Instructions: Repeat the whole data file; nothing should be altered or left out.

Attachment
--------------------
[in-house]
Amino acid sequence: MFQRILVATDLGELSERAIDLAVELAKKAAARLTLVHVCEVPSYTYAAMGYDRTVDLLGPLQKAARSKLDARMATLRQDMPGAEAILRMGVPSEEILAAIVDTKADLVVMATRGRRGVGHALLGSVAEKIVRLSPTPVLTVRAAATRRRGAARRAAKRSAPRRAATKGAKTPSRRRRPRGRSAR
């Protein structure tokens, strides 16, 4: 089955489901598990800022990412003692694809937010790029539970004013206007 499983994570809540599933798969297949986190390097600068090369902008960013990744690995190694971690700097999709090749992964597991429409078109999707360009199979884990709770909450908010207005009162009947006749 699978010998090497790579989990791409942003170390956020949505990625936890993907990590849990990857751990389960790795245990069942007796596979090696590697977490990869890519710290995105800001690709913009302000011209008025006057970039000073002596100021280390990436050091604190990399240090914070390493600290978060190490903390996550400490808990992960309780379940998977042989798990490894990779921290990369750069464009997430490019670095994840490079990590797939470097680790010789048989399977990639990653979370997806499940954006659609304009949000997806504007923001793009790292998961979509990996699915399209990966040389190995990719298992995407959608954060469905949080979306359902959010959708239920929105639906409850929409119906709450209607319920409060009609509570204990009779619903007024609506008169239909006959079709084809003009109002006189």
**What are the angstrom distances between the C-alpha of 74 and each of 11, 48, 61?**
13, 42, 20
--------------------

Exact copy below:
[in-house]
Amino acid sequence: MFQRILVATDLGELSERAIDLAVELAKKAAARLTLVHVCEVPSYTYAAMGYDRTVDLLGPLQKAARSKLDARMATLRQDMPGAEAILRMGVPSEEILAAIVDTKADLVVMATRGRRGVGHALLGSVAEKIVRLSPTPVLTVRAAATRRRGAARRAAKRSAPRRAATKGAKTPSRRRRPRGRSAR
């Protein structure tokens, strides 16, 4: 089955489901598990800022990412003692694809937010790029539970004013206007 499983994570809540599933798969297949986190390097600068090369902008960013990744690995190694971690700097999709090749992964597991429409078109999707360009199979884990709770909450908010207005009162009947006749 699978010998090497790579989990791409942003170390956020949505990625936890993907990590849990990857751990389960790795245990069942007796596979090696590697977490990869890519710290995105800001690709913009302000011209008025006057970039000073002596100021280390990436050091604190990399240090914070390493600290978060190490903390996550400490808990992960309780379940998977042989798990490894990779921290990369750069464009997430490019670095994840490079990590797939470097680790010789048989399977990639990653979370997806499940954006659609304009949000997806504007923001793009790292998961979509990996699915399209990966040389190995990719298992995407959608954060469905949080979306359902959010959708239920929105639906409850929409119906709450209607319920409060009609509570204990009779619903007024609506008169239909006959079709084809003009109002006189």
**What are the angstrom distances between the C-alpha of 74 and each of 11, 48, 61?**
13, 42, 20